1. ## ring isomorphism theorem

I have the matrices R=[s,s;0,s] and A=[0,s;0,0]. Now, A is the ideal and it is also supposed to be the Kernel, as I am trying to show that R/ker f is isomorphic to SxS. So, when trying to show A is the kernel, can I just show it takes everything and brings it to the additive identity or is this wrong b/c there is multiplication and addition in rings?

2. Originally Posted by sfspitfire23
I have the matrices R=[s,s;0,s] and A=[0,s;0,0]. Now, A is the ideal and it is also supposed to be the Kernel, as I am trying to show that R/ker f is isomorphic to SxS. So, when trying to show A is the kernel, can I just show it takes everything and brings it to the additive identity or is this wrong b/c there is multiplication and addition in rings?

Please do read carefully what you wrote: what "ideal" is A? In what ring? (Of 2 x 2 matrices, of course...but over what field or ring?)Is it a matrix or a set of a matrices of a definite form? Kernel of what? What is f? What is its definition set(ring, field...whatever) and what its image...??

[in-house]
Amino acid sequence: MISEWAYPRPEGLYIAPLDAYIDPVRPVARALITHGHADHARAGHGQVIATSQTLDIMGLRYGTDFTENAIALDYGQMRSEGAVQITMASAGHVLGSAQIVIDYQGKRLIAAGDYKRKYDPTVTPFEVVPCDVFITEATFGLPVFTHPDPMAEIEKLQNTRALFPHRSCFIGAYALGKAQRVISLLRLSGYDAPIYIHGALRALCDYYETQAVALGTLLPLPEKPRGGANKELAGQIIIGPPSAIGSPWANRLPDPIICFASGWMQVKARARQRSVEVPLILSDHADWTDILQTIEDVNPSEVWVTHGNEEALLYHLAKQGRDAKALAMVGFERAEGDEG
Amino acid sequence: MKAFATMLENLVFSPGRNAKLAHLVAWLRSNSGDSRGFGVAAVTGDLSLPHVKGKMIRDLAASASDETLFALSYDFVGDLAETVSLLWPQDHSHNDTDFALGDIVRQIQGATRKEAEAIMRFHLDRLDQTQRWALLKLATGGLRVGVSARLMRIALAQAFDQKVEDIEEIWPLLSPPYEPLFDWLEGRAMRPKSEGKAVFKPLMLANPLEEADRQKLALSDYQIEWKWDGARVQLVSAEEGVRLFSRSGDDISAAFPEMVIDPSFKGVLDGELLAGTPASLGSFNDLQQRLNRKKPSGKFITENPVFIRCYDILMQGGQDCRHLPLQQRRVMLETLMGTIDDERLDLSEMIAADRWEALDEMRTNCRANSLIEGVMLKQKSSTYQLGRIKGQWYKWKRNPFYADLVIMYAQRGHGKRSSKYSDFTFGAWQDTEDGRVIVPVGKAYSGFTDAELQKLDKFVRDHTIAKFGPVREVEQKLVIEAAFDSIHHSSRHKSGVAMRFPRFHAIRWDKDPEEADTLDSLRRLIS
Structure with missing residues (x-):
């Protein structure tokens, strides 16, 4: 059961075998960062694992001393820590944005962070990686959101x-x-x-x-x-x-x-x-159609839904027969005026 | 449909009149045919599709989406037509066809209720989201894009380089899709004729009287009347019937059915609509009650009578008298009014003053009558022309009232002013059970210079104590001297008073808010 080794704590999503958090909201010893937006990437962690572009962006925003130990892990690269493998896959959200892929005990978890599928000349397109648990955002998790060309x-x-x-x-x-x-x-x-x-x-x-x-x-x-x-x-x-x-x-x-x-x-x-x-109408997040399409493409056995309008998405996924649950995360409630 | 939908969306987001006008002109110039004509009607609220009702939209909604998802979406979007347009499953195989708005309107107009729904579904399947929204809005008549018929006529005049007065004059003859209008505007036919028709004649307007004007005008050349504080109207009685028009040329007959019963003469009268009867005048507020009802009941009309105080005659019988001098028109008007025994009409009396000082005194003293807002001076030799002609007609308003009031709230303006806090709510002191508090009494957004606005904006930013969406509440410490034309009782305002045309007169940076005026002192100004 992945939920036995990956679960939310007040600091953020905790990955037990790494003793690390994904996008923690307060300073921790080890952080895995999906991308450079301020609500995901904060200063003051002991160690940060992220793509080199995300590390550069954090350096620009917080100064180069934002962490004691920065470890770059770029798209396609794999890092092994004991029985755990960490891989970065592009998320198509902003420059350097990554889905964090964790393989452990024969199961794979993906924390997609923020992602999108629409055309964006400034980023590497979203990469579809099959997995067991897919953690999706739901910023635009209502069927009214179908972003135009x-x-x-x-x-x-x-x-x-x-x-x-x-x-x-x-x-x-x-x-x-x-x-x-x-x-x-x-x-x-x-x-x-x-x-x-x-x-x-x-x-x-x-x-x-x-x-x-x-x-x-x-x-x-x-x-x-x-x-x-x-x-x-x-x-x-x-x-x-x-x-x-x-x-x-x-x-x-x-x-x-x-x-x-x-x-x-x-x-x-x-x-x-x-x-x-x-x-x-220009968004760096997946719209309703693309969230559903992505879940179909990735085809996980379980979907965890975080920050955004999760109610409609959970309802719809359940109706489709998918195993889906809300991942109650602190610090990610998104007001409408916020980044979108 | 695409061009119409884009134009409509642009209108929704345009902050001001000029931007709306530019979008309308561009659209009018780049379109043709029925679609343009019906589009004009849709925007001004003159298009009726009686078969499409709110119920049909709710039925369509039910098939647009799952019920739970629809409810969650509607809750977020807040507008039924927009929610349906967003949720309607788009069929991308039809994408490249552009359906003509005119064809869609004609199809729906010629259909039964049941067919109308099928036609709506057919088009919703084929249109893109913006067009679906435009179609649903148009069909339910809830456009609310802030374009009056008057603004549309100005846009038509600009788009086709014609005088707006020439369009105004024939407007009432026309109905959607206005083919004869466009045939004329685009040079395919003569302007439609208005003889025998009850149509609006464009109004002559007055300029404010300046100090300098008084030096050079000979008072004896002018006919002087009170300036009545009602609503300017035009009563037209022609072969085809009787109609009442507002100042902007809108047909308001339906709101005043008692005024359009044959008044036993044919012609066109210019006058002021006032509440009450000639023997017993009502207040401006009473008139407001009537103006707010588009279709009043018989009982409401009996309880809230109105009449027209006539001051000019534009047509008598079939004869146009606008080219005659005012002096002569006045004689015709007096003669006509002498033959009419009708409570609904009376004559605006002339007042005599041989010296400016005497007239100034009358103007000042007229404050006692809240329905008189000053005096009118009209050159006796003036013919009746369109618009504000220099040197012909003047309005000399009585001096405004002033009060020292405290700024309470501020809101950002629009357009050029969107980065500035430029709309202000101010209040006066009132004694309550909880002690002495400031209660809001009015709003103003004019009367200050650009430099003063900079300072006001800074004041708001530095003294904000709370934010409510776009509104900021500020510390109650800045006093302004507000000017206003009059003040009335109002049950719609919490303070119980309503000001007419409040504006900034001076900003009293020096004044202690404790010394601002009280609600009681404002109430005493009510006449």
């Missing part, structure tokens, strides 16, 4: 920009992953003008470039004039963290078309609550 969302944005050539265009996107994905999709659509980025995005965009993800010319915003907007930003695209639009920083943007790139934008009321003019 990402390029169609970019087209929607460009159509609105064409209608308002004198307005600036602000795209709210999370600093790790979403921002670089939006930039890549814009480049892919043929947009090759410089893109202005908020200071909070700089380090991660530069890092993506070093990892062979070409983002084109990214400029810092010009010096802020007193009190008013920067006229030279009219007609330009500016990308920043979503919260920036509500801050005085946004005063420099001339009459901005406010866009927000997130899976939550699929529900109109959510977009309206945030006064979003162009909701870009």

Really...

Tonio

3. In the first isomorphism theorem for rings, $R/A\cong S\times S$ (which is what my problem is) is equivalent to $R/ker f\cong image f$, yes? So I would have to prove that $A$ from the factor ring $R/A$ which is the ideal because multiplication must be well defined is infact the kernel. But my matrix A looks to be the additive identity, not the multiplicative. Can I just say then that since $im(f)=S\times S$ and we know that the identity is (0,0), A will be the kernel? I defined my mapping by $f[s_1,s_2;0,s_3]=(s_1,s_3)$. Would I somehow have to include the multiplicative identity as well? Does this make sense? haha